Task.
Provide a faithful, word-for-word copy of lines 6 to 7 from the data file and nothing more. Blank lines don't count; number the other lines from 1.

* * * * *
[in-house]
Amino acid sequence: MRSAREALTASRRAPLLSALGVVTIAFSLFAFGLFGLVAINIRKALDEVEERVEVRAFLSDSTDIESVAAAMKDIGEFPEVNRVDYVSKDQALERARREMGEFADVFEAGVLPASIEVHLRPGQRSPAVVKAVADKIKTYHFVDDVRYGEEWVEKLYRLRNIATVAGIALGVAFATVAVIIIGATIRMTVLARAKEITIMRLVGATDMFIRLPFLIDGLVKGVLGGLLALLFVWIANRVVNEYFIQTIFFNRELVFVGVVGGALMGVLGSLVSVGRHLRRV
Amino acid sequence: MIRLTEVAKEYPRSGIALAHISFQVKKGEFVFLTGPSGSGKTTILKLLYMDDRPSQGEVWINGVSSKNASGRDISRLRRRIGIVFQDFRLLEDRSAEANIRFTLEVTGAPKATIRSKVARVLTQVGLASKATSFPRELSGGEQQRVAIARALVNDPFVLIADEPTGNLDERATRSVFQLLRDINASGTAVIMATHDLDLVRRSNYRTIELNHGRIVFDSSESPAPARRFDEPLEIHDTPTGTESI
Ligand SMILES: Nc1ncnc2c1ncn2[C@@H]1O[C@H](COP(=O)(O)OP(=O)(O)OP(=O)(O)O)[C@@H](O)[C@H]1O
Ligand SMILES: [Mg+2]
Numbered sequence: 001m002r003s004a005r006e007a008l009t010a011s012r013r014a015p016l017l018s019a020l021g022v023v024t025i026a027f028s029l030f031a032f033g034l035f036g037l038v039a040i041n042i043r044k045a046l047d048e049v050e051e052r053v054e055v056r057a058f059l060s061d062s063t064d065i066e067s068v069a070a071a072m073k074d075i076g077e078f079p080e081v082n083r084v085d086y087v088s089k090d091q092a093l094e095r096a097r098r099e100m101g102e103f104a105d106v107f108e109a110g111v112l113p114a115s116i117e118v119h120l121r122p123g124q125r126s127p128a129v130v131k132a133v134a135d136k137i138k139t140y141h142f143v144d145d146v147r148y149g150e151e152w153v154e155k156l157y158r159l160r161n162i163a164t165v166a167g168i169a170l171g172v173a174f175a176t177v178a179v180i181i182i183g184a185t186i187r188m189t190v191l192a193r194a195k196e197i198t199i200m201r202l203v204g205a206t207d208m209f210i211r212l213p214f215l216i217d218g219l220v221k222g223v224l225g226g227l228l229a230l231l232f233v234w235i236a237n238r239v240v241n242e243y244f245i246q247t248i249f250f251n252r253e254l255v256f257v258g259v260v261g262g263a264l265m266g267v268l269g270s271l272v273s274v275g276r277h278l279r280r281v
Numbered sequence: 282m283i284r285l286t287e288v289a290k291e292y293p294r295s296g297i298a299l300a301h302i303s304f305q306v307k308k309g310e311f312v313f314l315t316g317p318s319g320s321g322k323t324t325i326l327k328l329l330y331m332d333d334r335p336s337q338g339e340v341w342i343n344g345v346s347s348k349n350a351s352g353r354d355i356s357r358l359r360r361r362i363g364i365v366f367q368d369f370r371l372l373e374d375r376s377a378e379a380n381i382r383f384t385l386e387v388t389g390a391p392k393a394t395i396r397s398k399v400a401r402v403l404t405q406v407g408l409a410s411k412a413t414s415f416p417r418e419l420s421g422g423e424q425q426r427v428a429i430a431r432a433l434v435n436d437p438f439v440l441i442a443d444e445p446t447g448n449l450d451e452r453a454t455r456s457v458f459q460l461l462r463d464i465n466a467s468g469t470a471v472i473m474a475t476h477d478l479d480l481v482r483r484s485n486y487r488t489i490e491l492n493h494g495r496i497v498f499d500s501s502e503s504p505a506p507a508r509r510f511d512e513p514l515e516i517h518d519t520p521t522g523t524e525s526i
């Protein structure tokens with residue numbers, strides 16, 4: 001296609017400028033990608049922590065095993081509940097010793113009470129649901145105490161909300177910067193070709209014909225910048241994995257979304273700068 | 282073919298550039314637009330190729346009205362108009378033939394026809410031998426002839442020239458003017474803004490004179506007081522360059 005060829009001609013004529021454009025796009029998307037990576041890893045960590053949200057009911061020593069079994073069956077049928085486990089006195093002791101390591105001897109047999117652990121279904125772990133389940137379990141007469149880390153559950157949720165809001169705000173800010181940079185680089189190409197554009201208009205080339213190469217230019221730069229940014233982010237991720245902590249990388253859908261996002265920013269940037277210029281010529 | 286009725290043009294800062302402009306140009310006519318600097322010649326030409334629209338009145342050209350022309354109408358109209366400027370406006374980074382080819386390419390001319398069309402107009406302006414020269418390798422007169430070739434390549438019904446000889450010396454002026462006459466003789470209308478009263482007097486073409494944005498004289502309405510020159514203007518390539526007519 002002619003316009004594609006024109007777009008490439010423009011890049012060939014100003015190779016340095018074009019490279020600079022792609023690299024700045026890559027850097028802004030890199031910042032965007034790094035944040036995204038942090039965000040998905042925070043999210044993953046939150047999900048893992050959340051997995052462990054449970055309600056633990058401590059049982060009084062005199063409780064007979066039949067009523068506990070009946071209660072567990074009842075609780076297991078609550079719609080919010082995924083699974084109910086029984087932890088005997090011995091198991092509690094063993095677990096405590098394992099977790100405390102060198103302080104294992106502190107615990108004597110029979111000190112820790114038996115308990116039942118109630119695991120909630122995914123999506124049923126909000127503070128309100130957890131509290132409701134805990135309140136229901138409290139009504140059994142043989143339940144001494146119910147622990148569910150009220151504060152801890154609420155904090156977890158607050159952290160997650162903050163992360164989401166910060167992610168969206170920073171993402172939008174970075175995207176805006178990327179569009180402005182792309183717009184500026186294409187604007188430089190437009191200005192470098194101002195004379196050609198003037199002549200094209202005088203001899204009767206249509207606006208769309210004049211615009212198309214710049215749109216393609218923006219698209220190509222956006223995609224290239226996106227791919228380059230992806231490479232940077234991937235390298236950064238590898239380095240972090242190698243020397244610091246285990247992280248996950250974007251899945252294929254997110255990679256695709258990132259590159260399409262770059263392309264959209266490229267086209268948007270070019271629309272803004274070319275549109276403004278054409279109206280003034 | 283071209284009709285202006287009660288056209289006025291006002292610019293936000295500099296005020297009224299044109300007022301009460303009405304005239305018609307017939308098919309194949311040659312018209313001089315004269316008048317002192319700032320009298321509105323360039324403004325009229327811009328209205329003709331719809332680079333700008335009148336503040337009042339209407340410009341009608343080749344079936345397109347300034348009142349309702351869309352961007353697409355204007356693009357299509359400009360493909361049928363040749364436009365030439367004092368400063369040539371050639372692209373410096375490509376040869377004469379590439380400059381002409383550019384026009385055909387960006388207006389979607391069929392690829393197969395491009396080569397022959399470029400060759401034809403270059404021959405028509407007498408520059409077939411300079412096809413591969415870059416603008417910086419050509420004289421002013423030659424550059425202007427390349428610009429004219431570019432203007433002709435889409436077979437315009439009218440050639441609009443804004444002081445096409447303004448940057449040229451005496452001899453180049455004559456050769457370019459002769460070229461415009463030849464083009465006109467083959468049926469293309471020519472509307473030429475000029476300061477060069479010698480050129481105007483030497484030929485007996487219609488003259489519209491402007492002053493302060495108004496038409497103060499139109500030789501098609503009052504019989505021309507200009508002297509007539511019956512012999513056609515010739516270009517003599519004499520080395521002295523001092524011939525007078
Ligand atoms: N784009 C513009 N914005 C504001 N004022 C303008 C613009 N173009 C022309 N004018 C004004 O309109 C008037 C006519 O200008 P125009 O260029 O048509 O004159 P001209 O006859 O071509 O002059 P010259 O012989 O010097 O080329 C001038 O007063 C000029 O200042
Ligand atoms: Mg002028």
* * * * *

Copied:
Numbered sequence: 001m002r003s004a005r006e007a008l009t010a011s012r013r014a015p016l017l018s019a020l021g022v023v024t025i026a027f028s029l030f031a032f033g034l035f036g037l038v039a040i041n042i043r044k045a046l047d048e049v050e051e052r053v054e055v056r057a058f059l060s061d062s063t064d065i066e067s068v069a070a071a072m073k074d075i076g077e078f079p080e081v082n083r084v085d086y087v088s089k090d091q092a093l094e095r096a097r098r099e100m101g102e103f104a105d106v107f108e109a110g111v112l113p114a115s116i117e118v119h120l121r122p123g124q125r126s127p128a129v130v131k132a133v134a135d136k137i138k139t140y141h142f143v144d145d146v147r148y149g150e151e152w153v154e155k156l157y158r159l160r161n162i163a164t165v166a167g168i169a170l171g172v173a174f175a176t177v178a179v180i181i182i183g184a185t186i187r188m189t190v191l192a193r194a195k196e197i198t199i200m201r202l203v204g205a206t207d208m209f210i211r212l213p214f215l216i217d218g219l220v221k222g223v224l225g226g227l228l229a230l231l232f233v234w235i236a237n238r239v240v241n242e243y244f245i246q247t248i249f250f251n252r253e254l255v256f257v258g259v260v261g262g263a264l265m266g267v268l269g270s271l272v273s274v275g276r277h278l279r280r281v
Numbered sequence: 282m283i284r285l286t287e288v289a290k291e292y293p294r295s296g297i298a299l300a301h302i303s304f305q306v307k308k309g310e311f312v313f314l315t316g317p318s319g320s321g322k323t324t325i326l327k328l329l330y331m332d333d334r335p336s337q338g339e340v341w342i343n344g345v346s347s348k349n350a351s352g353r354d355i356s357r358l359r360r361r362i363g364i365v366f367q368d369f370r371l372l373e374d375r376s377a378e379a380n381i382r383f384t385l386e387v388t389g390a391p392k393a394t395i396r397s398k399v400a401r402v403l404t405q406v407g408l409a410s411k412a413t414s415f416p417r418e419l420s421g422g423e424q425q426r427v428a429i430a431r432a433l434v435n436d437p438f439v440l441i442a443d444e445p446t447g448n449l450d451e452r453a454t455r456s457v458f459q460l461l462r463d464i465n466a467s468g469t470a471v472i473m474a475t476h477d478l479d480l481v482r483r484s485n486y487r488t489i490e491l492n493h494g495r496i497v498f499d500s501s502e503s504p505a506p507a508r509r510f511d512e513p514l515e516i517h518d519t520p521t522g523t524e525s526i